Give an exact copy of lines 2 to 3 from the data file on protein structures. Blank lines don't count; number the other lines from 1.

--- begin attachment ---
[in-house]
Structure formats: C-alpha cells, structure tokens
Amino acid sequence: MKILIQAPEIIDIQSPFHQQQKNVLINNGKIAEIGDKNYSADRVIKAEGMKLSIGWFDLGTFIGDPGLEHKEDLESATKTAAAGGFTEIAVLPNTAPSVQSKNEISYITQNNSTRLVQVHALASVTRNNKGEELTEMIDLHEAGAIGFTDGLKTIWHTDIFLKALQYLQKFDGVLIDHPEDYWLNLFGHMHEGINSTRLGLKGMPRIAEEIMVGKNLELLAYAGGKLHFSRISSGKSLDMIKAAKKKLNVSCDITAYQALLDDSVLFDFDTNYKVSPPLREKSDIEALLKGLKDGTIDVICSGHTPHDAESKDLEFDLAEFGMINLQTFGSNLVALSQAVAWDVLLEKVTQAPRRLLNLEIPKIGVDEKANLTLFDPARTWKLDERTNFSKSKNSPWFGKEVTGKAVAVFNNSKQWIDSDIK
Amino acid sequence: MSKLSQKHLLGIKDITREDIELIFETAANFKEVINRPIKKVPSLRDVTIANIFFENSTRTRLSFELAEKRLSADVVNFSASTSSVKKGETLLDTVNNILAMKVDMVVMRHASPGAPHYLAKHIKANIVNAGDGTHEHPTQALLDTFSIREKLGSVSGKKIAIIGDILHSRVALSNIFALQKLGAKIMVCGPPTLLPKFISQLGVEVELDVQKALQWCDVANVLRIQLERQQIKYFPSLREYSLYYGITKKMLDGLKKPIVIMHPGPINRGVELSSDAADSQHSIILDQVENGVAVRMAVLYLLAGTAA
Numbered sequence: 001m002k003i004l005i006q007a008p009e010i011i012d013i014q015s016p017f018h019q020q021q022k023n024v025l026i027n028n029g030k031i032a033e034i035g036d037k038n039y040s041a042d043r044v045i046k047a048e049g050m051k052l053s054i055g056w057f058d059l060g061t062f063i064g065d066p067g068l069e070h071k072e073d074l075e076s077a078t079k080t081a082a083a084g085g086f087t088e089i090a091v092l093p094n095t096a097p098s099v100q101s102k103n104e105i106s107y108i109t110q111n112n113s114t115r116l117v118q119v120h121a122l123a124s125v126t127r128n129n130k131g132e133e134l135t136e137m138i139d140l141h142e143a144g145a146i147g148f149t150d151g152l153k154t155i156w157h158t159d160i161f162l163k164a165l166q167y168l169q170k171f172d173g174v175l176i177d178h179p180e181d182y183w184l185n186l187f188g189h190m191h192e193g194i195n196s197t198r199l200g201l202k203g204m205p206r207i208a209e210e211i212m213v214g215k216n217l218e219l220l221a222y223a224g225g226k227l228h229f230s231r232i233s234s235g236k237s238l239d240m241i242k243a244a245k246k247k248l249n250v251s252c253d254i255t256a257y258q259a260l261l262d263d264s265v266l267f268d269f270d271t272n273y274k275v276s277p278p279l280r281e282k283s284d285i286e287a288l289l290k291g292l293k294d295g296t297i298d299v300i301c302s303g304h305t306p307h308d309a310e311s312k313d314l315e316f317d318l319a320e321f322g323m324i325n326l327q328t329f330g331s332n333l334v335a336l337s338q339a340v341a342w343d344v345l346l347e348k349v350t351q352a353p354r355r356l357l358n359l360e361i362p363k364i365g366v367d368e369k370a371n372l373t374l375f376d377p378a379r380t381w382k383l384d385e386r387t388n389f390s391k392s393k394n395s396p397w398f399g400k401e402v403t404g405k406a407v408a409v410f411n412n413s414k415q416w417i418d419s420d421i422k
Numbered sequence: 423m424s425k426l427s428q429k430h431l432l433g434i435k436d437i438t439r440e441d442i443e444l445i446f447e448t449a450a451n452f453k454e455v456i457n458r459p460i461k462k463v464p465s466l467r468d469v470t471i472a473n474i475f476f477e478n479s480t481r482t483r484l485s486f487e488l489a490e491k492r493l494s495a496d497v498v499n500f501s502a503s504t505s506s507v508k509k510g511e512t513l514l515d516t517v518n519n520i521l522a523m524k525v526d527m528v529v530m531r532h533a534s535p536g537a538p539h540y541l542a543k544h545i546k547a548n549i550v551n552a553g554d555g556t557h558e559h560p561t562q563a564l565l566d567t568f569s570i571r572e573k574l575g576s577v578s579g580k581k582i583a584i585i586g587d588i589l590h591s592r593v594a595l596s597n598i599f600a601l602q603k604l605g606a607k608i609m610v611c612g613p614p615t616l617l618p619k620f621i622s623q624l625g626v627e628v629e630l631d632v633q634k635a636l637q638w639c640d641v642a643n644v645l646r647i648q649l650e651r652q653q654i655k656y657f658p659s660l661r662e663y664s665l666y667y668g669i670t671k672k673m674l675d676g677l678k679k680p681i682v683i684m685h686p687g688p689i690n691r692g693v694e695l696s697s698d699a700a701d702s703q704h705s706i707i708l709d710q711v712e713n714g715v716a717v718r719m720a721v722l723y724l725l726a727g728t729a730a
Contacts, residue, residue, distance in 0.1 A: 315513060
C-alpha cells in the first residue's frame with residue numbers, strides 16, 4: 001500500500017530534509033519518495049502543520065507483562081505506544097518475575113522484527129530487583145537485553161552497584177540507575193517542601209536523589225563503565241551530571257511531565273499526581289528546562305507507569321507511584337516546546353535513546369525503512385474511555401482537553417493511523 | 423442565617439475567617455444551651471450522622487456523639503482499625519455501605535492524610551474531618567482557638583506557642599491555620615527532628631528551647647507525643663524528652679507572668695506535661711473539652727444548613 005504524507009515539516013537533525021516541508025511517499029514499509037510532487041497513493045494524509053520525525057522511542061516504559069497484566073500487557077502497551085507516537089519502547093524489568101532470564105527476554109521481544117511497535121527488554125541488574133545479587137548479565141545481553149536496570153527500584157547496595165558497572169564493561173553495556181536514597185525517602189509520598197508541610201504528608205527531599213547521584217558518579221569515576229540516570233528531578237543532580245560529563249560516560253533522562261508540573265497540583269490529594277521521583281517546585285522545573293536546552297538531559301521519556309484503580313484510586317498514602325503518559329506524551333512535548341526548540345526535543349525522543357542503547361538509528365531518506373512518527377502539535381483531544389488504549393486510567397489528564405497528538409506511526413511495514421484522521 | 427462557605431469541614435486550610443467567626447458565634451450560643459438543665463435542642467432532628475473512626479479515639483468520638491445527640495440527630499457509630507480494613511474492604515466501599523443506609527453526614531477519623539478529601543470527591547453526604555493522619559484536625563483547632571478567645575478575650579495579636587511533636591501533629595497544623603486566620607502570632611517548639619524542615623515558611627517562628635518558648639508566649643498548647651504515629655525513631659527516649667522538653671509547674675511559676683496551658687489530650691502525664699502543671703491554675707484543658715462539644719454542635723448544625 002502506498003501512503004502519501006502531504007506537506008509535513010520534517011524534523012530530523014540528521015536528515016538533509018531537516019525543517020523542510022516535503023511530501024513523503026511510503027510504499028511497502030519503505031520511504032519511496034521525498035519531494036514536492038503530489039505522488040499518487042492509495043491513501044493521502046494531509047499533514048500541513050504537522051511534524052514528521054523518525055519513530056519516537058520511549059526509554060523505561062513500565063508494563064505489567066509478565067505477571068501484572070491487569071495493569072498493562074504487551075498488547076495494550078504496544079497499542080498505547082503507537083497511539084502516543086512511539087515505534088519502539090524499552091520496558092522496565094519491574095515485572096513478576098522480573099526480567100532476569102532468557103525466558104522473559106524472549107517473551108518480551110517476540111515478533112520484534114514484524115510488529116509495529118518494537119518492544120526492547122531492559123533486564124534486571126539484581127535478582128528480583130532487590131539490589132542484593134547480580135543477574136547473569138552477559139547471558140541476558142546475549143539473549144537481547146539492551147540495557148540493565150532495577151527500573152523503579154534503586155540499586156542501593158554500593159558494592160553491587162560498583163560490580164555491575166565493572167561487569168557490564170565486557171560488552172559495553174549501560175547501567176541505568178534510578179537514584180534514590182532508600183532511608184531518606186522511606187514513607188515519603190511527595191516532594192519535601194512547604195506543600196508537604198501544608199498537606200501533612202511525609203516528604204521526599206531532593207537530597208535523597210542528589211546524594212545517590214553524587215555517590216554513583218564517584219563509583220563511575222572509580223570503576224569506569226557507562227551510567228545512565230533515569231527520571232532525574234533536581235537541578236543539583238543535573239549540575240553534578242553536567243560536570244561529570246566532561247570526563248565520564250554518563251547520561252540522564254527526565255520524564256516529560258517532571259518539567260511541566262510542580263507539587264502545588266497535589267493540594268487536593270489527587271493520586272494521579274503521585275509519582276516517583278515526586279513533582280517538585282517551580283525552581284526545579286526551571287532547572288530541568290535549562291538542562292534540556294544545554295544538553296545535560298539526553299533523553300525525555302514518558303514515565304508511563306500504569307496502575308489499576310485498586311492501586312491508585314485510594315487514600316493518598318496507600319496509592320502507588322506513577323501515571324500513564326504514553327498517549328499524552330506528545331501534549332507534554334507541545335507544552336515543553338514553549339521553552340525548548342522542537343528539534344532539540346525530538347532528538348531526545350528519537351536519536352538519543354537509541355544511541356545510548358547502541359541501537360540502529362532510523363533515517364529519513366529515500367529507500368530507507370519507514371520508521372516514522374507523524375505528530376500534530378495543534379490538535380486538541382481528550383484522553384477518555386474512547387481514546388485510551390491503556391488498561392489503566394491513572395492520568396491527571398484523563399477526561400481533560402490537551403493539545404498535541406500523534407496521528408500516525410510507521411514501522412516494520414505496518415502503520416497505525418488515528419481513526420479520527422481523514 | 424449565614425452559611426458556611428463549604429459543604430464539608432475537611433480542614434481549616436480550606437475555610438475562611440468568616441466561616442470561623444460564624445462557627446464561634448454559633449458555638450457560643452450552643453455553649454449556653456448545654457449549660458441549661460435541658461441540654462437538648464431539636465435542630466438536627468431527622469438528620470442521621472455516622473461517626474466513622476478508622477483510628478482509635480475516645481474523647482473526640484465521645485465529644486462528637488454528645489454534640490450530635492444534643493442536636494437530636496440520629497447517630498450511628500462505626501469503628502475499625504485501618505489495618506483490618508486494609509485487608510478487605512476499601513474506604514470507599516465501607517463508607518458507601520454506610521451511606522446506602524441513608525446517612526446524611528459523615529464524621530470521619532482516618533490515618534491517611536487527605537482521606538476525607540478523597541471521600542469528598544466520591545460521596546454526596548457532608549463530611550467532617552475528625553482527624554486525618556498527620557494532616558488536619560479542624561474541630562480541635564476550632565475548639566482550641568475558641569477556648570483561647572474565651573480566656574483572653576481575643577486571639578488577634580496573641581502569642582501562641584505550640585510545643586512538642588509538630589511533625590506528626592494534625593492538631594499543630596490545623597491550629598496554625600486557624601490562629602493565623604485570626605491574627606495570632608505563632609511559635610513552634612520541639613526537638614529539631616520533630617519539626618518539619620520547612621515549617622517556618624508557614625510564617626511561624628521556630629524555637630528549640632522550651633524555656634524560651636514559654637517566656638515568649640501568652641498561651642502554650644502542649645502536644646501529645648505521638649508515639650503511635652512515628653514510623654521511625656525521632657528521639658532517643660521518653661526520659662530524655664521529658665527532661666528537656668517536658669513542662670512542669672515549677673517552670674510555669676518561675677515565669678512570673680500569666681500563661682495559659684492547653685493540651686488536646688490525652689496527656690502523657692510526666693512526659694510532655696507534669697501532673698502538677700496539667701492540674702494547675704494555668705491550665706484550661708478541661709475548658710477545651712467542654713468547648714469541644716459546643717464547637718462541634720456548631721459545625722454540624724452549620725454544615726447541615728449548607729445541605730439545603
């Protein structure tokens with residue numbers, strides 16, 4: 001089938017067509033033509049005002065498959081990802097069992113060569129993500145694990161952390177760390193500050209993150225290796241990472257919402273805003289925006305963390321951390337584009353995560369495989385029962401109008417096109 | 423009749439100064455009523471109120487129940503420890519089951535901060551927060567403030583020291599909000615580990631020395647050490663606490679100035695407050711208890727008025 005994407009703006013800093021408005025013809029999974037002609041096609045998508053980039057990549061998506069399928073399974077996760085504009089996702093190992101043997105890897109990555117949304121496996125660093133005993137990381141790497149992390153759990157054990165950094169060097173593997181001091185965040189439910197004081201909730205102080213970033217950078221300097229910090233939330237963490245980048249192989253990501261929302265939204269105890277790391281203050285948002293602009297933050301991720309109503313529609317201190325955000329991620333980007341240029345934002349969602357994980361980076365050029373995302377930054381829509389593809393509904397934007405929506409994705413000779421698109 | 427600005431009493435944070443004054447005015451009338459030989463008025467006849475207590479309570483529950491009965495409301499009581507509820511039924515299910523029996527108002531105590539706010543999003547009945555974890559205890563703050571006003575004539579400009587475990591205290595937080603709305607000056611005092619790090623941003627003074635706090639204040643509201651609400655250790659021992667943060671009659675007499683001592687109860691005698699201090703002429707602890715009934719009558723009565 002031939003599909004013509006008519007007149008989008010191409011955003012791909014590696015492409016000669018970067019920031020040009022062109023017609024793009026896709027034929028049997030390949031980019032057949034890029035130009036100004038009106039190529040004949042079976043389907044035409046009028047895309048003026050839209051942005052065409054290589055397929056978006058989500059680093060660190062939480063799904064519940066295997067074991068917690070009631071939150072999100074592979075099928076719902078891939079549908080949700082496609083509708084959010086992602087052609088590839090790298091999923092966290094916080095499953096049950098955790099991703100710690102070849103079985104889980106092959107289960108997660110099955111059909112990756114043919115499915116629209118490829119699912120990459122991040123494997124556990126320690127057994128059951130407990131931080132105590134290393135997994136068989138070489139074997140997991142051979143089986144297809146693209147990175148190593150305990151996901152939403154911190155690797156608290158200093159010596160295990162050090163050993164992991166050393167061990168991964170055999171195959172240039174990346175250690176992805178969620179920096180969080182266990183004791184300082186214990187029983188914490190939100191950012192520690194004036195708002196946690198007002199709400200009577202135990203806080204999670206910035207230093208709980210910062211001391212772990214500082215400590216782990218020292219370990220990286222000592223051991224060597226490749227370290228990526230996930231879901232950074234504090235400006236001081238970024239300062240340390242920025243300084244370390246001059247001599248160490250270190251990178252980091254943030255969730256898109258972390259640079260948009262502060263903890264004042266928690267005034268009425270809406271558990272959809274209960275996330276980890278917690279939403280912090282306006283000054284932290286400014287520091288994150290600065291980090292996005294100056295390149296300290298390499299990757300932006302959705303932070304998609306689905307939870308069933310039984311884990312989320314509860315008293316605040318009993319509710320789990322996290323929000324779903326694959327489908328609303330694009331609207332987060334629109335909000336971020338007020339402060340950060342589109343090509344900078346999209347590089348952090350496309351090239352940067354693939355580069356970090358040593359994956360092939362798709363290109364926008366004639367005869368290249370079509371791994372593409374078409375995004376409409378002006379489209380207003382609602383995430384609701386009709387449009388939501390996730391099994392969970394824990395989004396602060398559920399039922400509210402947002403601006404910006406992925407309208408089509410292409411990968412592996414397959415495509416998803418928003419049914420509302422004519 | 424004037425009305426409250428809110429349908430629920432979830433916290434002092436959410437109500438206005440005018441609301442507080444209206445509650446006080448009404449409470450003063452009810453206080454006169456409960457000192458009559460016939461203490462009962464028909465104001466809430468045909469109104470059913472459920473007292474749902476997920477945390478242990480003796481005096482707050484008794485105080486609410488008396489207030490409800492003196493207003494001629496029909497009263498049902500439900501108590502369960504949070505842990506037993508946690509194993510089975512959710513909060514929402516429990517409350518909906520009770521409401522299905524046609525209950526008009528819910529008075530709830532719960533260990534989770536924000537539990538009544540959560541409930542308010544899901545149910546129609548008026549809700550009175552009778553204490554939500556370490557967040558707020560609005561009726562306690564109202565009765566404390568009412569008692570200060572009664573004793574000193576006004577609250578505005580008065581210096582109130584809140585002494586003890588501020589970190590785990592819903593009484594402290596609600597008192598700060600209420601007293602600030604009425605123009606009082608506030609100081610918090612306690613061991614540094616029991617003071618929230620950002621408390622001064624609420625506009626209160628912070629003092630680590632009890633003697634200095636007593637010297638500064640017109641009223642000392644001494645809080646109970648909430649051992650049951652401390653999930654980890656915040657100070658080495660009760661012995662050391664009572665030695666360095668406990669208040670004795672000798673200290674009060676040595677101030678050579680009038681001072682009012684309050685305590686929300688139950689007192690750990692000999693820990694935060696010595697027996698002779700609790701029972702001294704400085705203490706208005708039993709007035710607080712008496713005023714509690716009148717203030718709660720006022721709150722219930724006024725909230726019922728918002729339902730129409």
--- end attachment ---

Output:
Structure formats: C-alpha cells, structure tokens
Amino acid sequence: MKILIQAPEIIDIQSPFHQQQKNVLINNGKIAEIGDKNYSADRVIKAEGMKLSIGWFDLGTFIGDPGLEHKEDLESATKTAAAGGFTEIAVLPNTAPSVQSKNEISYITQNNSTRLVQVHALASVTRNNKGEELTEMIDLHEAGAIGFTDGLKTIWHTDIFLKALQYLQKFDGVLIDHPEDYWLNLFGHMHEGINSTRLGLKGMPRIAEEIMVGKNLELLAYAGGKLHFSRISSGKSLDMIKAAKKKLNVSCDITAYQALLDDSVLFDFDTNYKVSPPLREKSDIEALLKGLKDGTIDVICSGHTPHDAESKDLEFDLAEFGMINLQTFGSNLVALSQAVAWDVLLEKVTQAPRRLLNLEIPKIGVDEKANLTLFDPARTWKLDERTNFSKSKNSPWFGKEVTGKAVAVFNNSKQWIDSDIK